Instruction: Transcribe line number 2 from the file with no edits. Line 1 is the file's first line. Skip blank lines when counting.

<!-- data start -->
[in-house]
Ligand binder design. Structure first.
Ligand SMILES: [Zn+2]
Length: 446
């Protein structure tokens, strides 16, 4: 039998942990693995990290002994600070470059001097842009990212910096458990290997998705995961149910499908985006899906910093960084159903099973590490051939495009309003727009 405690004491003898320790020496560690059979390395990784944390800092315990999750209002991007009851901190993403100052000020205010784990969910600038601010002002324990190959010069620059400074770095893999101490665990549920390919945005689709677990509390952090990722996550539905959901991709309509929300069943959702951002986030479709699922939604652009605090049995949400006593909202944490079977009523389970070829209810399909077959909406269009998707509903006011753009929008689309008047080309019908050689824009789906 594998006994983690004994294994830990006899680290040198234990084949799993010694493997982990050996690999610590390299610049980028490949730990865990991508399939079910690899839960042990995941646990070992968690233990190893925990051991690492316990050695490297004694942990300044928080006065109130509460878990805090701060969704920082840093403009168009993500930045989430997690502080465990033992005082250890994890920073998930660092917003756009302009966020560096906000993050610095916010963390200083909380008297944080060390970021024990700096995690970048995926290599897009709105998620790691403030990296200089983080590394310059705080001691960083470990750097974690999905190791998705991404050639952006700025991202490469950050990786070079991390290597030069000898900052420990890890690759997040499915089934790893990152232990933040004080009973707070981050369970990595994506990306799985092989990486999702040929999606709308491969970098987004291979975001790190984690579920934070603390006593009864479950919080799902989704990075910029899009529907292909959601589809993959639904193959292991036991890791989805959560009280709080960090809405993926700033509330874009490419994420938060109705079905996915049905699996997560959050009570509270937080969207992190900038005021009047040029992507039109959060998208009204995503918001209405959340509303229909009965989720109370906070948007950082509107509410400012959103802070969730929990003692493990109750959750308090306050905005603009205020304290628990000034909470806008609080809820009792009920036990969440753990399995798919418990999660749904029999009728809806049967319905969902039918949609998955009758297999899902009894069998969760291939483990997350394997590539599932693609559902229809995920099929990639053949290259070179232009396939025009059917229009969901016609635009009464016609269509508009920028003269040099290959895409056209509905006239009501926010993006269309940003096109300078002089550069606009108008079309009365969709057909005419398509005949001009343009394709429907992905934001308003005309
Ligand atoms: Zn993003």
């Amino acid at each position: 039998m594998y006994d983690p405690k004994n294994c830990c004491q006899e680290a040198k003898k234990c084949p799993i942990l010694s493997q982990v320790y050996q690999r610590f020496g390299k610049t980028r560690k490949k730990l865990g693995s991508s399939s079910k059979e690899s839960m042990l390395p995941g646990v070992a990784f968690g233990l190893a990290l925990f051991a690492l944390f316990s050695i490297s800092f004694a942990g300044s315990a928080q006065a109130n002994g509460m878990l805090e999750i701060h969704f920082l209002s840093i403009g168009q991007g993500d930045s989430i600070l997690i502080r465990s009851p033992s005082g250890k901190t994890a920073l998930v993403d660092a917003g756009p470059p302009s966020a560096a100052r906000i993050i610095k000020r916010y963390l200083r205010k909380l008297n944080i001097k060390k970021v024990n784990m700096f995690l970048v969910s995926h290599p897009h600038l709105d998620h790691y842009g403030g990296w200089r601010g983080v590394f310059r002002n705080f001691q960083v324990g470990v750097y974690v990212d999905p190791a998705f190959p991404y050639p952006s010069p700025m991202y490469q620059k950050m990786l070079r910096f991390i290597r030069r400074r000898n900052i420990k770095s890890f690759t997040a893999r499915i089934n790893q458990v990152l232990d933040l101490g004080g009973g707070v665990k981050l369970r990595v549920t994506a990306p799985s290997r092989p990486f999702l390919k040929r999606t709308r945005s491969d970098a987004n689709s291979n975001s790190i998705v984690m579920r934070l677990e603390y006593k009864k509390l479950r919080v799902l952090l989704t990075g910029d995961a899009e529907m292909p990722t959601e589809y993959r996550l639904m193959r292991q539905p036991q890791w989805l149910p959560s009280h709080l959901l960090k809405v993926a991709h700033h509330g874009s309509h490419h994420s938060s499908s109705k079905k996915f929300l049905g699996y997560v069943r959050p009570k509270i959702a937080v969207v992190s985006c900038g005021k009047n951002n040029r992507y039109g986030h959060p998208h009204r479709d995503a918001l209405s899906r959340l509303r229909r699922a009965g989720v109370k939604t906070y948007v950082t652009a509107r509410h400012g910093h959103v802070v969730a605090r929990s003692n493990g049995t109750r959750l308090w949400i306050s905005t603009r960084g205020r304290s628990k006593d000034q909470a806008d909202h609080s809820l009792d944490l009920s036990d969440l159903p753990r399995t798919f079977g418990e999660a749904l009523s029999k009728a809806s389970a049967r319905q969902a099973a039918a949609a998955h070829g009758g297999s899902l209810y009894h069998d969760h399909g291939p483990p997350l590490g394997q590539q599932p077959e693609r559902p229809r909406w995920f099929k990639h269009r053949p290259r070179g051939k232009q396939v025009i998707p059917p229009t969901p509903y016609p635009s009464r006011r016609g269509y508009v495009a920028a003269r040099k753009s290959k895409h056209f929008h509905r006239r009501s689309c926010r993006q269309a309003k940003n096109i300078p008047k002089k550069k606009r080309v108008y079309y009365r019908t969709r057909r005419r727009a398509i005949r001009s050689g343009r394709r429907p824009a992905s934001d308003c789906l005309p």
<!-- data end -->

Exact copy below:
Ligand binder design. Structure first.